Living With Autism

Living With Autism

My amazing daughter Kayla is our oldest, she and her husband Jeremy have three boys diagnosed with Autism. Recker is the oldest 8 and 1/2, Ezra is 5 and Theo just turned 2. We love these boys so much, our entire family is in love with them, but even being the ‘grandmother’ (Bonbon) I don’t see the day-to-day struggle, the melt downs and the emotional rollercoaster Autism creates in a home.  Kayla does such a great job creating awareness on social media and within the walls of our home, still I can’t imagine the 24 hour care she gives them individually.  Each one of these special spirits come with their own needs, Recker is amazingly sweet and kind but is non-verbal, still wears a diaper, has to be constantly watched and shows his frustration by taking it out on mom or dad with a fist once in a while. Recker also loves to be outside, swims like a fish, is intrigued with fire and loves Disney movies.

Ezra age 5

Ezra, boy oh boy, this guy is talking up a storm but deals with emotional break downs daily, he can be irrational and moody it’s a constant wining problem. Ezra loves to be around family, plays well with other’s and wants to be an ‘ar thist’ (artist) he’s also scared to death of creepy crawly things, spiders, bugs etc. He is probably the most literal child I have ever met, if I said to him “You are cute” his response most likely would be “No, I am Ezra” This sounds like typical                                                                        behavior and yes, it could be however you’d have to see how he reacts to understand the emotions behind his fears. When he leaves our home he always comes up to me and say’s “I sad” I already know what his response is but always say “Why are you sad?” He comes back with “I going to miss you, I not want to go home” but if his parents were to leave without him there would be a total meltdown. So we hug, say “I love you” and off he goes.

Theo age 2

Theodore, Theo, Teddy….those are his names.  No matter what we call him he comes running.  Theo is on the spectrum, at what level we don’t know.  Kayla say’s he shows signs just like Recker and Ezra did, so right now while he seems typical we enjoy every minute of his cuteness because we never know when or if regression will start.  This little guy is pretty content, he points and shows us things he wants, takes our hand to lead us to rooms to play and is just starting to say a few words.  Sunday night he took all the Disney magnets off my freezer one at a time and brought them to me saying “who that?” and as a typical child would do at age 2 he is constantly asking “what that?” while he points to something he wants us to explain.  If I ask him “Do you want a popsicle?” (or just about anything I ask if he wants) his answer is “uh huh” while shaking his head “yes”  He also loves the outdoors, but does not like to swim in the pool like Recker and Ezra do.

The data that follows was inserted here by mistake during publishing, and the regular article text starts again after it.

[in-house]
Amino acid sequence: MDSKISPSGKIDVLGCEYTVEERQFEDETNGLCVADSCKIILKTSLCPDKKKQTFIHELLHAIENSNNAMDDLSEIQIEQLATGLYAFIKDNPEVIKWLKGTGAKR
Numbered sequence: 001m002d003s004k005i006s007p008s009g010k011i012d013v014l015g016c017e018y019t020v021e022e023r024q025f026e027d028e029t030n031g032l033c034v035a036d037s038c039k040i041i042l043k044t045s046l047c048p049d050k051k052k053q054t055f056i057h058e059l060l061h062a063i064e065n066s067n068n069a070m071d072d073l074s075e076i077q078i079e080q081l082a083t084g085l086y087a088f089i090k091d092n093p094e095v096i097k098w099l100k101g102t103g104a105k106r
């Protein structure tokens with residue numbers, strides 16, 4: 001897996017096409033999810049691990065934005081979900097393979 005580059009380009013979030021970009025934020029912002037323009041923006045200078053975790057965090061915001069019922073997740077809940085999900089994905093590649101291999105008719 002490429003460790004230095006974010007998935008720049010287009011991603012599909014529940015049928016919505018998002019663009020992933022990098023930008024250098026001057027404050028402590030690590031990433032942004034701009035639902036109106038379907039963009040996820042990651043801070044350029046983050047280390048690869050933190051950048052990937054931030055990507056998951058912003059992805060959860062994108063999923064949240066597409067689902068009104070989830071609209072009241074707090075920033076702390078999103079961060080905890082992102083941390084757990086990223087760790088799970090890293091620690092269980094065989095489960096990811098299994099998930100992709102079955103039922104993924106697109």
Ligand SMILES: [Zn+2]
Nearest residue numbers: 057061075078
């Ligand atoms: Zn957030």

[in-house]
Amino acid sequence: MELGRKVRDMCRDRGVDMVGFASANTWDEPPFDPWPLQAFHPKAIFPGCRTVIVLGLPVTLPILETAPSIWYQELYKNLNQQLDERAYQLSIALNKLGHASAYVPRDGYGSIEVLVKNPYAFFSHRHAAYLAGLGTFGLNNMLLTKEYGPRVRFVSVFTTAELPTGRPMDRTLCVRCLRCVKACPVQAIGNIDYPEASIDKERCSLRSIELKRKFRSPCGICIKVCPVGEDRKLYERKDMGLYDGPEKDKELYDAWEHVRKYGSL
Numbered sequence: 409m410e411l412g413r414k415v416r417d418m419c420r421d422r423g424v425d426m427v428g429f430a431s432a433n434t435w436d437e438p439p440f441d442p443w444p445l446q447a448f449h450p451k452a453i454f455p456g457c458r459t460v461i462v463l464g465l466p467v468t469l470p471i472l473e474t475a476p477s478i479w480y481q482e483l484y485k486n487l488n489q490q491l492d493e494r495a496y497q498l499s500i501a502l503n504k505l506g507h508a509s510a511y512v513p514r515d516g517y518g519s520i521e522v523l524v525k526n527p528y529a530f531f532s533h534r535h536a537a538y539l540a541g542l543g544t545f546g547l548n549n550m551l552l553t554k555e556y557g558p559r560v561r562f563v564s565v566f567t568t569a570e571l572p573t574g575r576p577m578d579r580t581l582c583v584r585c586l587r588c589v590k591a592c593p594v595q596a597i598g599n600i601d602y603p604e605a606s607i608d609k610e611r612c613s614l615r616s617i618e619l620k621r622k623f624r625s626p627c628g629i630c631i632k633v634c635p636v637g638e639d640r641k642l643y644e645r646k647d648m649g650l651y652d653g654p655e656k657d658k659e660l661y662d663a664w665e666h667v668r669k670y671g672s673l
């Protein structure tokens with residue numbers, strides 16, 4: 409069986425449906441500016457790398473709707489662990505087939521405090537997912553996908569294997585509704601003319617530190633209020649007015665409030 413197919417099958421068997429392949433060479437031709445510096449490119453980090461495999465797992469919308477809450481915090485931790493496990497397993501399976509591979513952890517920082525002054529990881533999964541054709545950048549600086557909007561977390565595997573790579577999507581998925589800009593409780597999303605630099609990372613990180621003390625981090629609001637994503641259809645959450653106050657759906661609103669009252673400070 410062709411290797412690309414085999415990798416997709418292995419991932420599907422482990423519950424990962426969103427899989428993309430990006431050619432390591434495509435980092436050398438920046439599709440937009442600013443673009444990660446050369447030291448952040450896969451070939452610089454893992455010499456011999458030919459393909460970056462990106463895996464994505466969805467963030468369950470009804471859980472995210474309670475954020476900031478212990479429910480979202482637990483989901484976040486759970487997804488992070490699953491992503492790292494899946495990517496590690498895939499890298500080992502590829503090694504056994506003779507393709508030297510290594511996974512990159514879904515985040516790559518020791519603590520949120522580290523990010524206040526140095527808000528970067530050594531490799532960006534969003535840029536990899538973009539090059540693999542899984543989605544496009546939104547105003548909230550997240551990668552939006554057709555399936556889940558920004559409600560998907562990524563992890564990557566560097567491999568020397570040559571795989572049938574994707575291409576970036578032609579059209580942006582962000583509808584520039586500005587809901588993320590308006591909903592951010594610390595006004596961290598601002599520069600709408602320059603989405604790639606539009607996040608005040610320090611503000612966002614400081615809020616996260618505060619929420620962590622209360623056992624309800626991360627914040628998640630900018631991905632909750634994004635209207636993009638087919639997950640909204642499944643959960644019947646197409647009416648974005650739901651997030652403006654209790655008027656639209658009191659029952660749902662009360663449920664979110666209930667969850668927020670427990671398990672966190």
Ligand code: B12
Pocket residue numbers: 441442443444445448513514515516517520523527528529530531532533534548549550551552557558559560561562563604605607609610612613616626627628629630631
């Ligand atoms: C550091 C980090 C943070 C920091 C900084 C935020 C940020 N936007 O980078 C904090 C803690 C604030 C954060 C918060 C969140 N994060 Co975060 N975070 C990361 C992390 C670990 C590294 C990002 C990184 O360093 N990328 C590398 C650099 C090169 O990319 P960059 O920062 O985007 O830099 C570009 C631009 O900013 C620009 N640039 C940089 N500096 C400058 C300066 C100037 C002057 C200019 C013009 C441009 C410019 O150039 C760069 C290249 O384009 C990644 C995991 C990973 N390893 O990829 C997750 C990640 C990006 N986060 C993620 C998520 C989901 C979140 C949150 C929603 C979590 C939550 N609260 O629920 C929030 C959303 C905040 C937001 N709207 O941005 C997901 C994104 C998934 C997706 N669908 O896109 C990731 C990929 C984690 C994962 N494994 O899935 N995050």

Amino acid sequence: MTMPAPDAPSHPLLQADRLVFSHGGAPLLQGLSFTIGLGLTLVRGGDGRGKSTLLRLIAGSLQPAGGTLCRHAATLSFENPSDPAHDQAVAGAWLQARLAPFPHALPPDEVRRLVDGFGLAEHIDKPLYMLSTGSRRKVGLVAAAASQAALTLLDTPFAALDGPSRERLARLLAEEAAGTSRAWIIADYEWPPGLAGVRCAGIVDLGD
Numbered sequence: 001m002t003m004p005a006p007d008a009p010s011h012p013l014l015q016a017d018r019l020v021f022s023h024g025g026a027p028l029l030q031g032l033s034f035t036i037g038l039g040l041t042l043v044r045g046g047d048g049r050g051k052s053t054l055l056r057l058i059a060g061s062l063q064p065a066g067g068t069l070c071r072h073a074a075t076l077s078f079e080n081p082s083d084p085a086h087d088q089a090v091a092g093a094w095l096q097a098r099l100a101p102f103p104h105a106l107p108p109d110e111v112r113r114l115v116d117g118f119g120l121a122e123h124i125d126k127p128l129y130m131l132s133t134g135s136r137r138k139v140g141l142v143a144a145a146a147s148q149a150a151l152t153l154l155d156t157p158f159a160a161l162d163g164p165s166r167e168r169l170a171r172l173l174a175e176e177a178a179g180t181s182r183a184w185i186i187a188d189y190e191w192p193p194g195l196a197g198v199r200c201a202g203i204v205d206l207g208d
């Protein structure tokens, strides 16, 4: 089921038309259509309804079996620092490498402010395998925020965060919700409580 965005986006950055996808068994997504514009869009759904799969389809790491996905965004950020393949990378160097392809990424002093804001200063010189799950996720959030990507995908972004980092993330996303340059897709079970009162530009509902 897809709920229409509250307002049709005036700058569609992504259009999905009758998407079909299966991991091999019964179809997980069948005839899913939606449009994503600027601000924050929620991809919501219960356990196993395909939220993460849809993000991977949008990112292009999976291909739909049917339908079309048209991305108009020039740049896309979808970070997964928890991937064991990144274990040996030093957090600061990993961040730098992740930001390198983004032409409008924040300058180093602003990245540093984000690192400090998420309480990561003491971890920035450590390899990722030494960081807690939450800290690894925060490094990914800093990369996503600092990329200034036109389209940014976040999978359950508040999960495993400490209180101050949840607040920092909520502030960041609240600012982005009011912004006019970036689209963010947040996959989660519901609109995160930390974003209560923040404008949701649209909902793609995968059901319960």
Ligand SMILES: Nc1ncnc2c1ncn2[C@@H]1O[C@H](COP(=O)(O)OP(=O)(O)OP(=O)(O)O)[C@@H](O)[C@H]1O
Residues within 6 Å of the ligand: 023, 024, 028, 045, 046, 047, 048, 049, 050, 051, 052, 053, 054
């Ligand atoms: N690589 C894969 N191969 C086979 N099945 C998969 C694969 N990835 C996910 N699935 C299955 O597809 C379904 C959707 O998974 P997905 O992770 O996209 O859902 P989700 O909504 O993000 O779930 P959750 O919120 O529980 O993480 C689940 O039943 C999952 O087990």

Kayla and Jeremy are absolutely involved in these boys lives, caring and loving for them no matter the circumstances.  I know they have their moments when they need space to cry, I also know they sometimes just laugh because what else can they do? Even as Kayla’s mother I will never understand the constant emotions they endure. I’m not sure I could do what they have and will continue to do, but I am eternally grateful for Kayla’s openness and honesty when teaching me about ASD. She is the mom who constantly researches and studies, wanting to know everything she can to help her boys process and deal with their diagnosis.

This is something she recently posted, it broke my heart but it is the reality of any parent who has children with Autism, oh and let me interject here one of the things Kayla kindly taught me–people with Autism are diagnosed it is not ‘who they are’ saying a child or person is Autistic is defining them.

and my personal favorite post, I don’t live in ‘judgement’ so this does not offend me, if it does offend you I’m sorry but it is the real life of so many families dealing with Autism. I’d like to also insert at this moment children with or people who are diagnosed with Autism are not defined by the disease, it is something they ‘have’ not ‘who they are’ Autistic defines them, being labeled as a person who is  Autistic is hurtful and not politite

This was her post and her comment was “We are literally getting our asses kicked over here.”

 

XOXO Monya Bonbon

 

 


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